Featured Research

from universities, journals, and other organizations

Autistic Children Show Outstanding Musical Skills

Date:
May 27, 2004
Source:
Economic & Social Research Council
Summary:
Specialist individual music lessons could hugely benefit children with autism, according to researchers Dr Pamela Heaton and Dr Francesca Happe at the University of London.

Specialist individual music lessons could hugely benefit children with autism, according to researchers Dr Pamela Heaton and Dr Francesca Happe at the University of London.

The study, which was funded by ESRC, suggests that many children with this disorder have outstanding abilities in tone recognition. "A lot of work has been done on musical savants with exceptional musical memory and rarely found absolute pitch ability" says Dr Pamela Heaton who led the research. "But our research shows that even children without these special talents and no musical training can have highly developed musical 'splinter skills'. If we could develop effective non-verbal music teaching methods, we might be able to understand more about the way these children learn and process other information." A series of music workshops in which children with autism will be taught to read musical notation are currently being planned.

The research compared the skills of six to 19 year old individuals with autism, and a control group with matching age, IQ and level of musical background, on a series of tasks into tone memory and discrimination. Using a touch-screen laptop computer, they were asked to identify musical notes by moving the image of a boy up and down a flight of stairs.

Although the children with autism had the communication difficulties associated with this disorder, a sub-group of them produced exceptional results. In one of the tests four children from the autism group achieved a score of 89 per cent compared to an average score of 30 per cent. "These findings were surprising, especially given that two of these children had intellectual impairment and none had experienced musical training. Autistic children can be highly analytical listeners and are able to access musical details more readily than typically developing children," says Pamela Heaton, who worked as a musician before gaining a doctorate in psychology"


Story Source:

The above story is based on materials provided by Economic & Social Research Council. Note: Materials may be edited for content and length.


Cite This Page:

Economic & Social Research Council. "Autistic Children Show Outstanding Musical Skills." ScienceDaily. ScienceDaily, 27 May 2004. <www.sciencedaily.com/releases/2004/05/040526070452.htm>.
Economic & Social Research Council. (2004, May 27). Autistic Children Show Outstanding Musical Skills. ScienceDaily. Retrieved April 20, 2014 from www.sciencedaily.com/releases/2004/05/040526070452.htm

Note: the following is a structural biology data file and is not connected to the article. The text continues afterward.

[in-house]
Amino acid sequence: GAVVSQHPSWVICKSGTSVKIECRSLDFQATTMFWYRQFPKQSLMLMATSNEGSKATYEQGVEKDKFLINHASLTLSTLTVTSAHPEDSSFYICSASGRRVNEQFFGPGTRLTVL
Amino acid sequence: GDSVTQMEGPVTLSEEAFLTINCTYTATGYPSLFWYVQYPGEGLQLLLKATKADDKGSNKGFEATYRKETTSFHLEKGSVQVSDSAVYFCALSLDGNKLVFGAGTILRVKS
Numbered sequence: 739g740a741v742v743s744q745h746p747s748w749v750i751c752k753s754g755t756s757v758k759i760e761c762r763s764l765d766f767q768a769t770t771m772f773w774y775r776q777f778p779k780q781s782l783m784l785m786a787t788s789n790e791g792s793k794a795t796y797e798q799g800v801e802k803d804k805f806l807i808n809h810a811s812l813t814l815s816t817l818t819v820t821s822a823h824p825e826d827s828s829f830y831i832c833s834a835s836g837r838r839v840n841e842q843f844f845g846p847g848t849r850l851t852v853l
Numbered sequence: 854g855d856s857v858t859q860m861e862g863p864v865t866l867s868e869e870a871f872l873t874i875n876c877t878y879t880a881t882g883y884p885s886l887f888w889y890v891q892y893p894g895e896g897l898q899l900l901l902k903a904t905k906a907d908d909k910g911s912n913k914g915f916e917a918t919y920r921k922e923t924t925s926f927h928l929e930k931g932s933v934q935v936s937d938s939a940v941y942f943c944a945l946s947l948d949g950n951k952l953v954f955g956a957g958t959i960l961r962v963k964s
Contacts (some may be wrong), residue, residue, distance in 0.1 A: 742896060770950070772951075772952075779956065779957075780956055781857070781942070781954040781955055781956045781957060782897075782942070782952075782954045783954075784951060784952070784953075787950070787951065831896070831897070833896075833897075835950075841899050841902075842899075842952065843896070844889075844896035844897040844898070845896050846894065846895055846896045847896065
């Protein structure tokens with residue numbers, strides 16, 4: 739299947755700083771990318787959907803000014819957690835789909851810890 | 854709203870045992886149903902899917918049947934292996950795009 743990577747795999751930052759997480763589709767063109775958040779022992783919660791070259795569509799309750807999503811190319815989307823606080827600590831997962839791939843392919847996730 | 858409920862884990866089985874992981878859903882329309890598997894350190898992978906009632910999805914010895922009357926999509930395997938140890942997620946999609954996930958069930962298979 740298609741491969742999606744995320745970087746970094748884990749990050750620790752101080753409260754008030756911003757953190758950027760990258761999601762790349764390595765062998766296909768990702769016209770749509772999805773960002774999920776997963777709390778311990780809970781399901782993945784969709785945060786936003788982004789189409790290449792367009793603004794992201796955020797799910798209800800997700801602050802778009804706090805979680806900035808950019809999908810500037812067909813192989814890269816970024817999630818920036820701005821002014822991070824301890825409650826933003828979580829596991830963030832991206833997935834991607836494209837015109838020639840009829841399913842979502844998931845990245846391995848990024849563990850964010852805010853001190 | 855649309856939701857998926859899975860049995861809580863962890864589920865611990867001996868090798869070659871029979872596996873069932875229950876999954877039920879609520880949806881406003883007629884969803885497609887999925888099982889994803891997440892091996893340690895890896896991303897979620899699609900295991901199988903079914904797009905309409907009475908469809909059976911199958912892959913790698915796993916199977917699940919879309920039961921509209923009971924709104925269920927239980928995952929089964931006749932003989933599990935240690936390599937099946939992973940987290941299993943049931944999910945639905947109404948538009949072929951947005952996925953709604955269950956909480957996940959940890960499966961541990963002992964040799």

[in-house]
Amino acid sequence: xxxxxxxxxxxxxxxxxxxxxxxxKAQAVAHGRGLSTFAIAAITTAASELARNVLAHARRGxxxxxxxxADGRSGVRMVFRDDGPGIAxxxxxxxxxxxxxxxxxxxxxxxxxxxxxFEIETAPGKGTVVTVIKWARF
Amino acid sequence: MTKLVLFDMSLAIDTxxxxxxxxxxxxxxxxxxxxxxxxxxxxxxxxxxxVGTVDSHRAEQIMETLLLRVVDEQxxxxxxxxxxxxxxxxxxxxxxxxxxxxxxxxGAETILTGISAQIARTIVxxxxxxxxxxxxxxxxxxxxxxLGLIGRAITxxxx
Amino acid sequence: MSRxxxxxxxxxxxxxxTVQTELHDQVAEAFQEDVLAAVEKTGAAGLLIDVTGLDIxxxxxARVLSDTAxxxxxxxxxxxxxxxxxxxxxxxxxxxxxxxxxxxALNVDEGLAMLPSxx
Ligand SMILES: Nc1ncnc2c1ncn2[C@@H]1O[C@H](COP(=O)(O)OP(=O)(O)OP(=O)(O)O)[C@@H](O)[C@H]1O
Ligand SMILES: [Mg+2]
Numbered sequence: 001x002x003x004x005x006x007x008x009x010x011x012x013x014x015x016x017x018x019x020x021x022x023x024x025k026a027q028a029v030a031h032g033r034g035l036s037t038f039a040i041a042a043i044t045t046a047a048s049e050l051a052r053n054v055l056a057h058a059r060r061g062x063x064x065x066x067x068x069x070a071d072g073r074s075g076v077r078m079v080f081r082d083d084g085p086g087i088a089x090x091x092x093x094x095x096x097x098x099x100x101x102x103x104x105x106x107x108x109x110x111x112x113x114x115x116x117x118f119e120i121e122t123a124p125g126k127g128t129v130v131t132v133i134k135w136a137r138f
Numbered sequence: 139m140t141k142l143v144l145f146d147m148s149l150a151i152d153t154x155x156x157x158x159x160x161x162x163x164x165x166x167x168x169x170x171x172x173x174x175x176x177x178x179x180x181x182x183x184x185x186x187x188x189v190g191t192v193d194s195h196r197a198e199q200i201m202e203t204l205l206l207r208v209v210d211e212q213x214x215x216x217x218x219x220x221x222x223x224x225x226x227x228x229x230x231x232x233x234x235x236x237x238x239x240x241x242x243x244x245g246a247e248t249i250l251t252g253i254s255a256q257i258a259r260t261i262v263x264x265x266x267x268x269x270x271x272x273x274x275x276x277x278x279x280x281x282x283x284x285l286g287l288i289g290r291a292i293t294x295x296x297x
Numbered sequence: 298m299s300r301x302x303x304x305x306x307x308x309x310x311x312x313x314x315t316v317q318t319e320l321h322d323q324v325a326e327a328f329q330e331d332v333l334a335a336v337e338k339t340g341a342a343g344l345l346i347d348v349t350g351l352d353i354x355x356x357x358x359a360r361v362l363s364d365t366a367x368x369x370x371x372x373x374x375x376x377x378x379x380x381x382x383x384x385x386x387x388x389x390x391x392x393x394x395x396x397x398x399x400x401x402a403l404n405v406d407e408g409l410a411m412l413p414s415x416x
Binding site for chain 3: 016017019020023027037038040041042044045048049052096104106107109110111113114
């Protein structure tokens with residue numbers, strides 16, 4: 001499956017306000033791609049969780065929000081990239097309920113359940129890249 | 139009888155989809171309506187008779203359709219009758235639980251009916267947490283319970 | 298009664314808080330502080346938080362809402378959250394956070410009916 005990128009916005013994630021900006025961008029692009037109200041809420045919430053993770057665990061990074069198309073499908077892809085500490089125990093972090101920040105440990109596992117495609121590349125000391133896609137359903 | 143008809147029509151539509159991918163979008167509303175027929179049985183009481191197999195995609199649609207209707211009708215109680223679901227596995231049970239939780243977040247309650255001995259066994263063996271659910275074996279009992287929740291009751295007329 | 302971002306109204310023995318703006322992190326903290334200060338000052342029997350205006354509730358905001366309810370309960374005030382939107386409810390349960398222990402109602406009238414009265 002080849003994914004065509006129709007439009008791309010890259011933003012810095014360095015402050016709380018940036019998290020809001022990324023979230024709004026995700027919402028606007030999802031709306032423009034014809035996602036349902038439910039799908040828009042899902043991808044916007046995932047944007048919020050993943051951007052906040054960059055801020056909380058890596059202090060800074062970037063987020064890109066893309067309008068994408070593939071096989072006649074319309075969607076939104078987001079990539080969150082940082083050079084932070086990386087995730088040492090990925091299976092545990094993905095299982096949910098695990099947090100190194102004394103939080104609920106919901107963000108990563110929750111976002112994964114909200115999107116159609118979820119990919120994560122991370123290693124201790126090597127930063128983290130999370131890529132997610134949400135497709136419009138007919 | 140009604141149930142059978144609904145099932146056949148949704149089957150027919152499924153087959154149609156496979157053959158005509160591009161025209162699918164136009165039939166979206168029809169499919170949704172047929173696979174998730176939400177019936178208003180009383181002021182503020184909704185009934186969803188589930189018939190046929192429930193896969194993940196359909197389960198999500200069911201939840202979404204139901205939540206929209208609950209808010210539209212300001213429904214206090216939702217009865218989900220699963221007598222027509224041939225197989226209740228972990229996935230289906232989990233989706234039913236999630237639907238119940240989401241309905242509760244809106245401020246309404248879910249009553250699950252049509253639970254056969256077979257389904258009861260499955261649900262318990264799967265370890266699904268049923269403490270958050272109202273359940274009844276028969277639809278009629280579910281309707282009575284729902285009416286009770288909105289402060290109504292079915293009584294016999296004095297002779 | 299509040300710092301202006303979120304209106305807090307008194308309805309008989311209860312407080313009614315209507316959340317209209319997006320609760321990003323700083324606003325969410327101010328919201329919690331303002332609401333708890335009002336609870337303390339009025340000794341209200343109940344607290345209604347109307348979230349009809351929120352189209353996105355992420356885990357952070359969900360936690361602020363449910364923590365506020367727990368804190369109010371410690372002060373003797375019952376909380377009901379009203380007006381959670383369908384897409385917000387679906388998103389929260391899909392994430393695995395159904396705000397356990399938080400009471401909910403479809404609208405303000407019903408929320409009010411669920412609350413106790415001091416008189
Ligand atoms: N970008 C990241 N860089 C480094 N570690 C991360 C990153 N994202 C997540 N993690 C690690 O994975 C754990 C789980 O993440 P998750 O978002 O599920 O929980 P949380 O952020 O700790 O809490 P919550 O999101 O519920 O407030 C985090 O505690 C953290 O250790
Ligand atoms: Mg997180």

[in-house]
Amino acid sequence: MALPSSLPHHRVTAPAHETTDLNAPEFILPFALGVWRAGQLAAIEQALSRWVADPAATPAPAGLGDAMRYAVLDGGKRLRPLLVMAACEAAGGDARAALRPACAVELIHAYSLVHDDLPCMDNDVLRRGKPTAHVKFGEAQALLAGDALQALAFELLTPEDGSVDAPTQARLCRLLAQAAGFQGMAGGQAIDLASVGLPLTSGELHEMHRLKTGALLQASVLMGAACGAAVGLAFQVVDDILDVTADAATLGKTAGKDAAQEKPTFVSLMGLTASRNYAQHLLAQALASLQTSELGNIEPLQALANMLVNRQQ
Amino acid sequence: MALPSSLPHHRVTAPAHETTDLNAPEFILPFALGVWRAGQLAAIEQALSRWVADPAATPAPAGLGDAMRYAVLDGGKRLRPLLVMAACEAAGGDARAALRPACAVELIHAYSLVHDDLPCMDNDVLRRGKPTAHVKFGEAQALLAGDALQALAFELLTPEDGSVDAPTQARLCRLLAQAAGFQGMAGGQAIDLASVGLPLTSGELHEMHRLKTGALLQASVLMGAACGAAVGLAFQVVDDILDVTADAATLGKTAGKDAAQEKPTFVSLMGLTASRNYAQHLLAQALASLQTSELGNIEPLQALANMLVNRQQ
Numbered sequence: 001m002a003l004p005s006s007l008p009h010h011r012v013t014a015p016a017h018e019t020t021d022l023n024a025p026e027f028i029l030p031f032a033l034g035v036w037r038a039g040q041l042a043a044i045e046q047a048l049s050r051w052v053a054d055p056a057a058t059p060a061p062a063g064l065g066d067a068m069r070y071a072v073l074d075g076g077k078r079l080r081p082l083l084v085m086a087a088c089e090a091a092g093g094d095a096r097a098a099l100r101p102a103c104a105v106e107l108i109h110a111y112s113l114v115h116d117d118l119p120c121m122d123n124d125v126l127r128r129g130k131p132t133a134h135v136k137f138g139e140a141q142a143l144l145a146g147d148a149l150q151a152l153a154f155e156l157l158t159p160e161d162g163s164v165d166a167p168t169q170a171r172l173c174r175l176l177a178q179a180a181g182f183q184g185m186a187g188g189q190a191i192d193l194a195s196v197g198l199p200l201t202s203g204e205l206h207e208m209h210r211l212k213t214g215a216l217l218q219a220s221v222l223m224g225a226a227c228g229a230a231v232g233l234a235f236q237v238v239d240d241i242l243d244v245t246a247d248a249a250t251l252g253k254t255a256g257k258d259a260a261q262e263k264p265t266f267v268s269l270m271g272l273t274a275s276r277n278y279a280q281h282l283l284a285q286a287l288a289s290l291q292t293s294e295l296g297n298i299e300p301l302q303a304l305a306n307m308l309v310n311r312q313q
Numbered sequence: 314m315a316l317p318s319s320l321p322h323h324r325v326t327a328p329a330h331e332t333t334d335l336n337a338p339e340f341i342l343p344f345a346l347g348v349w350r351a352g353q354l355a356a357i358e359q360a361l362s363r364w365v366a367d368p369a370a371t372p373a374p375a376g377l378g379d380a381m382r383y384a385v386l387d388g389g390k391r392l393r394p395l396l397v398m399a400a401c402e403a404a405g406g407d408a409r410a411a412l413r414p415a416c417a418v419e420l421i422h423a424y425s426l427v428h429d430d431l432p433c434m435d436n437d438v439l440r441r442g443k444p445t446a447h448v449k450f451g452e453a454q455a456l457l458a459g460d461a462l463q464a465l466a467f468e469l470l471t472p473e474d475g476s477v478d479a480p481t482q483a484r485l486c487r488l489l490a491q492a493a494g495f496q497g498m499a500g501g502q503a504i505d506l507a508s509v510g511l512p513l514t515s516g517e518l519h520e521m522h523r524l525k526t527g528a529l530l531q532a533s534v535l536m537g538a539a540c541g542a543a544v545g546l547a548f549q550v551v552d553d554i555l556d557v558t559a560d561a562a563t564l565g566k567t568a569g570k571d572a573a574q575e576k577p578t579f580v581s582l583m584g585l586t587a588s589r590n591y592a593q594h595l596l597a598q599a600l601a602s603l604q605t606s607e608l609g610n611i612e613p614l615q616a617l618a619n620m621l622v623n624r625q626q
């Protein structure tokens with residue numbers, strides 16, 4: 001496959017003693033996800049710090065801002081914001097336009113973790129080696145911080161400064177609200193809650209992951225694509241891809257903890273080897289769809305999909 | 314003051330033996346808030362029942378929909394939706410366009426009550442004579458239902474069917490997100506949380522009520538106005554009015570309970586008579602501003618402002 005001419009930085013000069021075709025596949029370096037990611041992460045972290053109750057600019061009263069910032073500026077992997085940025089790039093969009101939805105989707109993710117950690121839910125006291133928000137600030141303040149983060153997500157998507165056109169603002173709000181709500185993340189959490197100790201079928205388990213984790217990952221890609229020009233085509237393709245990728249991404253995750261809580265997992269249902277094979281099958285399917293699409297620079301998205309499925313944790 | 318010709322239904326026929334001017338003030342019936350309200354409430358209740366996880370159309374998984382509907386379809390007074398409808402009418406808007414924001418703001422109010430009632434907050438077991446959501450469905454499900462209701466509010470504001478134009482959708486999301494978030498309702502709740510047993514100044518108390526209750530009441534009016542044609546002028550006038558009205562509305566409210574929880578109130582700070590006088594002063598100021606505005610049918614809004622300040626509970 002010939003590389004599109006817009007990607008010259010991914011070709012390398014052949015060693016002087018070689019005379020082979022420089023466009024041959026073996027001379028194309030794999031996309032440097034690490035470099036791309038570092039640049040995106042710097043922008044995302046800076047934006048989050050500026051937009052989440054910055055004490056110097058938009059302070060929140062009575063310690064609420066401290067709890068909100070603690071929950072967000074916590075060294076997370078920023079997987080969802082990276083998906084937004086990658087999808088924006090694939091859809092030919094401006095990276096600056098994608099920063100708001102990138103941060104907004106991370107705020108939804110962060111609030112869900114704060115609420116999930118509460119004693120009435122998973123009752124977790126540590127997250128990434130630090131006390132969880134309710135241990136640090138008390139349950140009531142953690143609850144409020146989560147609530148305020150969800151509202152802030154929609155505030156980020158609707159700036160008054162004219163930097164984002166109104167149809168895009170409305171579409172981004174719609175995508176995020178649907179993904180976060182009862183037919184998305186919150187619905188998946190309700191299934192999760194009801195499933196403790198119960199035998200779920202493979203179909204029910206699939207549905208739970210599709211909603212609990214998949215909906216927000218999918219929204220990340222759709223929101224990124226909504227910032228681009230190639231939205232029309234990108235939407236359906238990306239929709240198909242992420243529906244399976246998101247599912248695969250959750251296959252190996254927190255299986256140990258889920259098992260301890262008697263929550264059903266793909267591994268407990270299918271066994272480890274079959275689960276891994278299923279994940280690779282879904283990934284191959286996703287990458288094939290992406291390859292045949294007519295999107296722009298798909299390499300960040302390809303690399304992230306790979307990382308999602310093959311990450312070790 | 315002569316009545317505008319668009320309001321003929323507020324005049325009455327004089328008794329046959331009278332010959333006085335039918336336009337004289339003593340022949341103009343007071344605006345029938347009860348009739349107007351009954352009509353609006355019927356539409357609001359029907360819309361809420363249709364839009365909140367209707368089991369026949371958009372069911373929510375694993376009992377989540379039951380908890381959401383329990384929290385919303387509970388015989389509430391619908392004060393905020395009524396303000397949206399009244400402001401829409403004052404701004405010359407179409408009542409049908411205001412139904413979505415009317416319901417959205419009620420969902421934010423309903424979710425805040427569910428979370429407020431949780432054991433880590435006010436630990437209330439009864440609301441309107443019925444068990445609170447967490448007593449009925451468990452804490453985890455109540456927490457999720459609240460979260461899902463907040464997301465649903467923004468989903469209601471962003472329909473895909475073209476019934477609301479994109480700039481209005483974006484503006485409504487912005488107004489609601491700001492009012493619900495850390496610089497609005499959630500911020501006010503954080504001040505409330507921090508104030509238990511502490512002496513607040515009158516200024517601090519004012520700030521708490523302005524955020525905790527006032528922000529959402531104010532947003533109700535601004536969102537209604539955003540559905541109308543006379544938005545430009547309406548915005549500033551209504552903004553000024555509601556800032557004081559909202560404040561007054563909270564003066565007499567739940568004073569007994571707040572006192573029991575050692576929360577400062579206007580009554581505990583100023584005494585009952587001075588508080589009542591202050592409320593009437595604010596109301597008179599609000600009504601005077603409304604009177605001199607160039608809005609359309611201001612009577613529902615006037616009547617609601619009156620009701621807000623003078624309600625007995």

Economic & Social Research Council. "Autistic Children Show Outstanding Musical Skills." ScienceDaily. www.sciencedaily.com/releases/2004/05/040526070452.htm (accessed April 20, 2014).

Share This



More Mind & Brain News

Sunday, April 20, 2014

Featured Research

from universities, journals, and other organizations


Featured Videos

from AP, Reuters, AFP, and other news services

Study On Artists' Brain Shows They're 'Structurally Unique'

Study On Artists' Brain Shows They're 'Structurally Unique'

Newsy (Apr. 17, 2014) The brains of artists aren't really left-brain or right-brain, but rather have extra neural matter in visual and motor control areas. Video provided by Newsy
Powered by NewsLook.com
Is Apathy A Sign Of A Shrinking Brain?

Is Apathy A Sign Of A Shrinking Brain?

Newsy (Apr. 17, 2014) A recent study links apathetic feelings to a smaller brain. Researchers say the results indicate a need for apathy screening for at-risk seniors. Video provided by Newsy
Powered by NewsLook.com
Are School Dress Codes Too Strict?

Are School Dress Codes Too Strict?

AP (Apr. 16, 2014) Pushing the limits on style and self-expression is a rite of passage for teens and even younger kids. How far should schools go with their dress codes? The courts have sided with schools in an era when school safety is paramount. (April 16) Video provided by AP
Powered by NewsLook.com
Could Even Casual Marijuana Use Alter Your Brain?

Could Even Casual Marijuana Use Alter Your Brain?

Newsy (Apr. 16, 2014) A new study conducted by researchers at Northwestern and Harvard suggests even casual marijuana use can alter your brain. Video provided by Newsy
Powered by NewsLook.com

Search ScienceDaily

Number of stories in archives: 140,361

Find with keyword(s):
Enter a keyword or phrase to search ScienceDaily for related topics and research stories.

Save/Print:
Share:

Breaking News:
from the past week

In Other News

... from NewsDaily.com

Science News

Health News

Environment News

Technology News



Save/Print:
Share:

Free Subscriptions


Get the latest science news with ScienceDaily's free email newsletters, updated daily and weekly. Or view hourly updated newsfeeds in your RSS reader:

Get Social & Mobile


Keep up to date with the latest news from ScienceDaily via social networks and mobile apps:

Have Feedback?


Tell us what you think of ScienceDaily -- we welcome both positive and negative comments. Have any problems using the site? Questions?
Mobile: iPhone Android Web
Follow: Facebook Twitter Google+
Subscribe: RSS Feeds Email Newsletters
Latest Headlines Health & Medicine Mind & Brain Space & Time Matter & Energy Computers & Math Plants & Animals Earth & Climate Fossils & Ruins